The House Rules - FamilyEducation

The House Rules

February 16,2009
Professor Mom
Aliki McElreath

Aliki is a writer and college English teacher. She lives in North Carolina with her husband, two children (ages seven and ten), a dog, a cat, a rabbit, and too many fish.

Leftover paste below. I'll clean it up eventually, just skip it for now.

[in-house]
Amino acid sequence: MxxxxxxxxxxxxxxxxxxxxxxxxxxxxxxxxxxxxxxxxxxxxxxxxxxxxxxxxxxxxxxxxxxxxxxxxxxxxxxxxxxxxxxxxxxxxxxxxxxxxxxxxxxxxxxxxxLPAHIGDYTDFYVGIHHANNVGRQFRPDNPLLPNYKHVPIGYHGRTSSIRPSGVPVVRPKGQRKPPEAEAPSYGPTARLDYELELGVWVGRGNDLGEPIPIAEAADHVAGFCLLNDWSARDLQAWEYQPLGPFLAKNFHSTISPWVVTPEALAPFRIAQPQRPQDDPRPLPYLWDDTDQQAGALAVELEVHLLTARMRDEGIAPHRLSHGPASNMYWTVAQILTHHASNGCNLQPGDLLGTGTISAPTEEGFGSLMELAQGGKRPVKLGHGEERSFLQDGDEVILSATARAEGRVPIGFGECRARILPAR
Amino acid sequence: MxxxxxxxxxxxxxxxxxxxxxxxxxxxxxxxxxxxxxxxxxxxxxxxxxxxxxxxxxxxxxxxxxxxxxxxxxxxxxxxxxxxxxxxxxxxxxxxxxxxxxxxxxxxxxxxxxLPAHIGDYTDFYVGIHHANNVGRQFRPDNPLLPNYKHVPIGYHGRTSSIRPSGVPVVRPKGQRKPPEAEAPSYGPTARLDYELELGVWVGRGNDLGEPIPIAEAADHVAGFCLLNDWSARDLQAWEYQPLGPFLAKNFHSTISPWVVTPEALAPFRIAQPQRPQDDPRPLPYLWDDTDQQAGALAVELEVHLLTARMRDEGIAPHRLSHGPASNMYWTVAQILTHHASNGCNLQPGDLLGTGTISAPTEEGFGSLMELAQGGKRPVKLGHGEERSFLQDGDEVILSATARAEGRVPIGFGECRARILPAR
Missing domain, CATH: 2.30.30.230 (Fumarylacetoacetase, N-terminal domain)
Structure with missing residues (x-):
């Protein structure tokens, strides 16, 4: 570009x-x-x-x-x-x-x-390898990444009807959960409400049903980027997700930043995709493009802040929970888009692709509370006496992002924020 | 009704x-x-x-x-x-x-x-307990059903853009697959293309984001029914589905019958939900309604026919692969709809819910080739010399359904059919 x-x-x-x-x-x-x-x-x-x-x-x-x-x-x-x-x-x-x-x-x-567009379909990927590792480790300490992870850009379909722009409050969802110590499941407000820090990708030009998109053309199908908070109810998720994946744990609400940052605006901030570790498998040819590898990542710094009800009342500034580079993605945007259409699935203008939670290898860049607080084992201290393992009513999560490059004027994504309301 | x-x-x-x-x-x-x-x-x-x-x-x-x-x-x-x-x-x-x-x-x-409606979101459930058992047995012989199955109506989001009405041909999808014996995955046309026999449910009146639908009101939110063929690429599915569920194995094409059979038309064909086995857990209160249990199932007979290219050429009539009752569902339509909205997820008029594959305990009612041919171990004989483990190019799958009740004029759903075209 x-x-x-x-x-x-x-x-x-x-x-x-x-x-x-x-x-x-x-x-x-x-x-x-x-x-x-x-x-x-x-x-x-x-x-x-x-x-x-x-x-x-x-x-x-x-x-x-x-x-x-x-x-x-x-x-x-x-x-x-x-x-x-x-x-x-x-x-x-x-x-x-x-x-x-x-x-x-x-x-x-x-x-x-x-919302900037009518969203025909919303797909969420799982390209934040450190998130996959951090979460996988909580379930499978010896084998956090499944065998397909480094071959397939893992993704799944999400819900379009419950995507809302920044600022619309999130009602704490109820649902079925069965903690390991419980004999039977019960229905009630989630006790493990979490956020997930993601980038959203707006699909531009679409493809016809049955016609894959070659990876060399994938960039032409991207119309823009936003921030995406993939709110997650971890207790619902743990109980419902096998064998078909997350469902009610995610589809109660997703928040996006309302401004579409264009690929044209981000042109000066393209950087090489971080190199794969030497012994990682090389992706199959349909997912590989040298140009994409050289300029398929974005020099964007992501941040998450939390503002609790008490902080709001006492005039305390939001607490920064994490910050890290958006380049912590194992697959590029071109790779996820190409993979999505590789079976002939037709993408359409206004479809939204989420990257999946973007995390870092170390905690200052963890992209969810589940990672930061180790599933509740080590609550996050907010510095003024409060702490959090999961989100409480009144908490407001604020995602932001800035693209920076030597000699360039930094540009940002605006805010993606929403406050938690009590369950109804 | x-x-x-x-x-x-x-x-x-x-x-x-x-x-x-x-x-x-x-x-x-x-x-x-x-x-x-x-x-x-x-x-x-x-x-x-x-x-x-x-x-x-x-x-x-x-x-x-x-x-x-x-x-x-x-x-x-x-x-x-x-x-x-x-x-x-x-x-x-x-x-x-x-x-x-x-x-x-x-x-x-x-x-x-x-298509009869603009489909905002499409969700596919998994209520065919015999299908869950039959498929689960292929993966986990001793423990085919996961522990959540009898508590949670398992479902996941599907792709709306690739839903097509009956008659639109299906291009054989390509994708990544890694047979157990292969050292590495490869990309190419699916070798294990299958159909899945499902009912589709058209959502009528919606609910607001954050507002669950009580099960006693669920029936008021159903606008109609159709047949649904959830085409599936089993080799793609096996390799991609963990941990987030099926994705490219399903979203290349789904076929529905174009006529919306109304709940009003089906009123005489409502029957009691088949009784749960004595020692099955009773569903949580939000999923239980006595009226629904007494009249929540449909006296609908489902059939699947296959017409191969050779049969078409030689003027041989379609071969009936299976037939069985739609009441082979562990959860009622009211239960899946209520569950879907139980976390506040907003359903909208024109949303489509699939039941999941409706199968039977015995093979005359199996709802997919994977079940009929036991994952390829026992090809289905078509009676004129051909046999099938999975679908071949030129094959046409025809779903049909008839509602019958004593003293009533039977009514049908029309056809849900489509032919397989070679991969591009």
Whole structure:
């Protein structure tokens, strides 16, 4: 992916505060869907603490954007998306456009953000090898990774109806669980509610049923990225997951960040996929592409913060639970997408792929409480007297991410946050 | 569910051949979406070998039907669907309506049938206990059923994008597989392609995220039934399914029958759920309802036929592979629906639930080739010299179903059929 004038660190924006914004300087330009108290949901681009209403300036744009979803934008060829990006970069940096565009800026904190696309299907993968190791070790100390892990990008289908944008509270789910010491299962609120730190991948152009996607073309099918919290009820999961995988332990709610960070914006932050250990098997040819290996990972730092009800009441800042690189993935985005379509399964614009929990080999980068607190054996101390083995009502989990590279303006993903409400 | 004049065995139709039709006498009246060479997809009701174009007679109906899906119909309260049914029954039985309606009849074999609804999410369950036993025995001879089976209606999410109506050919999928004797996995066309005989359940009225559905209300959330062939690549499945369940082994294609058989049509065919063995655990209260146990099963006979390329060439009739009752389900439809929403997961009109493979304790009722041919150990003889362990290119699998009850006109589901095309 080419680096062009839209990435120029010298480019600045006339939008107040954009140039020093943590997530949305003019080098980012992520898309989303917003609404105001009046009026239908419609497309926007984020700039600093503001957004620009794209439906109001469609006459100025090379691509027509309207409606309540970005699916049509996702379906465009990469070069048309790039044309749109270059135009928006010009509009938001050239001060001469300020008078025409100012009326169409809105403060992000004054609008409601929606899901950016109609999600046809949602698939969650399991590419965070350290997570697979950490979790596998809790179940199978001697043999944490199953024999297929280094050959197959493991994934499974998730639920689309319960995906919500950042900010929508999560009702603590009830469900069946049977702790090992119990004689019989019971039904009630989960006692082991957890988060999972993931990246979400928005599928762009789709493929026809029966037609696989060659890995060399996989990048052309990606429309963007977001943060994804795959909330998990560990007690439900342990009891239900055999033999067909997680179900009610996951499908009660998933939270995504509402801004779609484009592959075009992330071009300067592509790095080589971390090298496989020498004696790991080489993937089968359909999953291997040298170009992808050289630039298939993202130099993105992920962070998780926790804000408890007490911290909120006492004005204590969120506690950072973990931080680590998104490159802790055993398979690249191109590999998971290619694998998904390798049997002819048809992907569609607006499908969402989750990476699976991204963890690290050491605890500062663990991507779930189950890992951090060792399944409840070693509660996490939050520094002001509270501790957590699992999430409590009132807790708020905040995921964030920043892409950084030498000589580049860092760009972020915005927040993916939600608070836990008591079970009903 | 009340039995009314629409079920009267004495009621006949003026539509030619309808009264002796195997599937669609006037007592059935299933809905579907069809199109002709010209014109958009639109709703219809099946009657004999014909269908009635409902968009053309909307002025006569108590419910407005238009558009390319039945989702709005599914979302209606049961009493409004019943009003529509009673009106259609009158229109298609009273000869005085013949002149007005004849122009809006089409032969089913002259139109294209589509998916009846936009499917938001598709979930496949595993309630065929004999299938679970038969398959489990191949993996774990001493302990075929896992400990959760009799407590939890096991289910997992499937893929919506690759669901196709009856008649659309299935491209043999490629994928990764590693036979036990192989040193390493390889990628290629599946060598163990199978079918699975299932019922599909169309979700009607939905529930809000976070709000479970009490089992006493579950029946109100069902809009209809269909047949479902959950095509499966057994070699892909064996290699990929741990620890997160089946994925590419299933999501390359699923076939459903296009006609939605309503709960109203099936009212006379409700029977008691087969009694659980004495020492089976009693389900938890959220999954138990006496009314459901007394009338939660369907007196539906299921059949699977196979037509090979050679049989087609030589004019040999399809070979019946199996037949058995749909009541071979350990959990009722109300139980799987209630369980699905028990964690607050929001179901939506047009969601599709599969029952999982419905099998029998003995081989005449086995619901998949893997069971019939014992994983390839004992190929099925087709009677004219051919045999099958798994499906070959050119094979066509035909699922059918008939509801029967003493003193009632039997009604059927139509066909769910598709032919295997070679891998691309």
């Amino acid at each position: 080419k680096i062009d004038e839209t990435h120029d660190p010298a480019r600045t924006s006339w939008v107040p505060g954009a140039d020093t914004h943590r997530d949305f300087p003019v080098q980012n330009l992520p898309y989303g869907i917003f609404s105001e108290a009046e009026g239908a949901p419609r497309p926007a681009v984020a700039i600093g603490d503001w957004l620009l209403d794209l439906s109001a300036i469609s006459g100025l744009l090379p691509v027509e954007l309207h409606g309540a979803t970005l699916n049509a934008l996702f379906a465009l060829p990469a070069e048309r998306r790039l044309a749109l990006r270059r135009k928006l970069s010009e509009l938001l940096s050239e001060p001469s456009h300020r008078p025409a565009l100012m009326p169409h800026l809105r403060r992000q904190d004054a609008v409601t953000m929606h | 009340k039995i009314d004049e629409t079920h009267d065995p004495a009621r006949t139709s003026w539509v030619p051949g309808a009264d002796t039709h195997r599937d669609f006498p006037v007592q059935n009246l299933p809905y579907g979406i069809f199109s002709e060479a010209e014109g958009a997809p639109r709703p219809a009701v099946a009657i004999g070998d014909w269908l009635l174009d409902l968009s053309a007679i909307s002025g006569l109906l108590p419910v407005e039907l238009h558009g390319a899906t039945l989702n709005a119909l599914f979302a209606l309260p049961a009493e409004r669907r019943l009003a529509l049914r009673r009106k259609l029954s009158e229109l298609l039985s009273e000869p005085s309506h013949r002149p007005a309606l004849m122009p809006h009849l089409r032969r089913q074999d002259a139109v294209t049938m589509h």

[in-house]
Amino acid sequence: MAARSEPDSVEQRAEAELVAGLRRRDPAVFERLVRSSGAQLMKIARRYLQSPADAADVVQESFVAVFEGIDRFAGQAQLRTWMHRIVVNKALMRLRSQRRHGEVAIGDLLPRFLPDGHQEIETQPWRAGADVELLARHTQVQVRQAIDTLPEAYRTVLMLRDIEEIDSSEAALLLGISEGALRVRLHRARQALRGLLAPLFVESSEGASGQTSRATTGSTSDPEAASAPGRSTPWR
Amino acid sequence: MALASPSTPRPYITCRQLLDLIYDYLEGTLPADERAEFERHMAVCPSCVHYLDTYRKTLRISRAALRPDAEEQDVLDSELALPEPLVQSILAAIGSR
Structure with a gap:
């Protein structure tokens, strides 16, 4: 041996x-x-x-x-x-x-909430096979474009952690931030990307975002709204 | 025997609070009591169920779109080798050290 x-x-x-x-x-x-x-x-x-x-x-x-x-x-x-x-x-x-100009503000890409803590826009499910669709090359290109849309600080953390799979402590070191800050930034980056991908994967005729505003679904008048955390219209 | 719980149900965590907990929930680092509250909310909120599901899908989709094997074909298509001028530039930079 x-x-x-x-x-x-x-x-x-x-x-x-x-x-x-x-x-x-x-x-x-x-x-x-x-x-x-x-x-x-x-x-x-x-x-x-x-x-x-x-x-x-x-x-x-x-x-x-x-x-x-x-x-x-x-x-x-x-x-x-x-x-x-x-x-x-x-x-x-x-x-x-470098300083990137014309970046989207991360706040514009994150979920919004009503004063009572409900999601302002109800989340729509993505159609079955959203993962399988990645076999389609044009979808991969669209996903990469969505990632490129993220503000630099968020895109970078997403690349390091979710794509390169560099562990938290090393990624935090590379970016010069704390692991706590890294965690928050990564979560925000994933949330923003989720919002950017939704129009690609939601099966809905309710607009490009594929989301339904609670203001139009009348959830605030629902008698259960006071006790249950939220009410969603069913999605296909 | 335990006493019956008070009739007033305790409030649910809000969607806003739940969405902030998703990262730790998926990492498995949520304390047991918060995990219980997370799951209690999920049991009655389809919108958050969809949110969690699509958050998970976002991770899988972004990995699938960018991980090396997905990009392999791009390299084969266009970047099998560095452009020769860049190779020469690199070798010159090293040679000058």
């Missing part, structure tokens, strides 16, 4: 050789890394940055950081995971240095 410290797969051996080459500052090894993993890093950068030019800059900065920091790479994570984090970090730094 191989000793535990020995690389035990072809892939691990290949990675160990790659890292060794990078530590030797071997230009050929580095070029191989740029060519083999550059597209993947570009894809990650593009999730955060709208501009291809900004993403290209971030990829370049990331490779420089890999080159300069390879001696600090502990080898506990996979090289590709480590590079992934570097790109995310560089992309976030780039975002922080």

I've been thinking a lot lately about House Rules--or, namely, about how they are often not followed at our house, despite having many of them. We had a lot more success with House Rules when the kids were toddlers. Rules like don't touch the outlets, or no climbing on the tables, or don't walk out the front door without a grown-up, or no chewing on toys that don't fit into the end of a toilet paper tube. Those rules were all easier to enforce in the old days, when the kids wore diapers and listened to us. The rules were all concrete and there were pretty clear cause-and-effect outcomes to not following them. But something happens to House Rules when your kids get older. Not only are they more difficult to enforce, but they begin to deal with behaviors and issues that are more ambiguous than the toddler transgressions--things like "talking back" and "being ugly," or violating people's need for privacy. These nuanced changes to parents' expectations of how kids should or shouldn't behave can be difficult for kids to understand; hence the need for House Rules. Our House Rules can be divided up into several categories. There are the House Rules that are basic and fairly simple to understand, like these: No eating candy before lunch No hitting or pushing or use of physical violence No snacking after 5:00 No whining No turning on the TV without permission No waking up parents on the weekend before 7:30 No walking around the house naked (Walking around in underwear is sometimes permitted.) No talking with your mouth full (This one is for T., who does this constantly.) Let me hasten to emphasize that just because these rules are in place doesn't mean they aren't violated on a daily, if not hourly, basis. And some rules are more complicated, like these: Respect people's privacy Clean up after yourself when you're asked to. L. has had to learn this one the hard way: If I ask you more than three times to pick up the things on your floor and you don't do it, then I will pick them up myself and put them straight into a trash bag. Whether they end up in the crawl space or the trash can cannot always be predicted... Don't interrupt a conversation--and this doesn't mean it's okay to say "excuse me" AND interrupt--it means don't interrupt at all! Respect people's possessions No fibbing No talking back about about any of the simple rules in place We do try, however, to encourage healthy conversations about what's deemed fair or unfair. Sometimes L. will argue a point and when he's done I do have to concede that he's right--he's pretty good at pointing out his side of things in a pretty straightforward, no-nonsense way. I'm also finding, as Scott and I get older, that we are taking more liberties in asserting our own rights than we did when the kids were younger--rights we often threw by the wayside, the way parents of very young children often do. They have learned that we just won't drop everything to read a book or play a game, but that as adults we have responsibilities that must be met, too, and sometimes these need to be taken care of first. Here are some other "rights" we are quick to assert these days: If the bathroom door is closed, don't come in. While I used to fully relinquish any expectations of privacy and used the bathroom with the door open so I could monitor my younger kids, I close it now and sometimes even lock it. This doesn't prevent T. from sometimes rattling the doorknob to get in, or talking to me through the crack under the door, but she is learning that a closed bathroom door means I want privacy. I am who I am about certain things, and I'm getting too old to fight it anymore. I did try to follow that bit of early parenting wisdom about sometimes letting the unimportant things slide--like how dirty your house is, or how much laundry needs to get done--and focus instead on enjoying the time with your kids. But now that I'm older, I just can't fight it anymore. I'm finding that I sometimes just need to take care of those small things, in order to fully enjoy the bigger ones. My new House Rule this year is that if I come home at 4:00 with the kids and there are still dishes in the sink and strange smears on the kitchen floor, and the laundry is busting its way out of the laundry closet, I need to take care of all that first, and then I can kick my shoes off and do a puzzle with T. Also, even though I'm thrilled when it's Saturday and I can read books with T. all morning in my pajamas, I still do need that cup of coffee first, and sometimes a second one, too. Sometimes we like to listen to the music we like in the car, and not Junie B. Jones books on CD. Our House Rules are always changing and evolving, just as we change and evolve as a family every day and every year. But they do give us a loose framework--maybe an illusion of order in a very chaotic world. Not only do the kids need them, but we're finding that we parents need them, too--we really do. And if you're careful to always explain why they exist and why they are important to follow, then hopefully, little by little, your kids will grow up with a healthy understanding of not only why rules make sense, but also why they should be followed in the first place. What are some of your House Rules? Are they followed well? What tricks/techniques do you use to encourage your kids to follow them?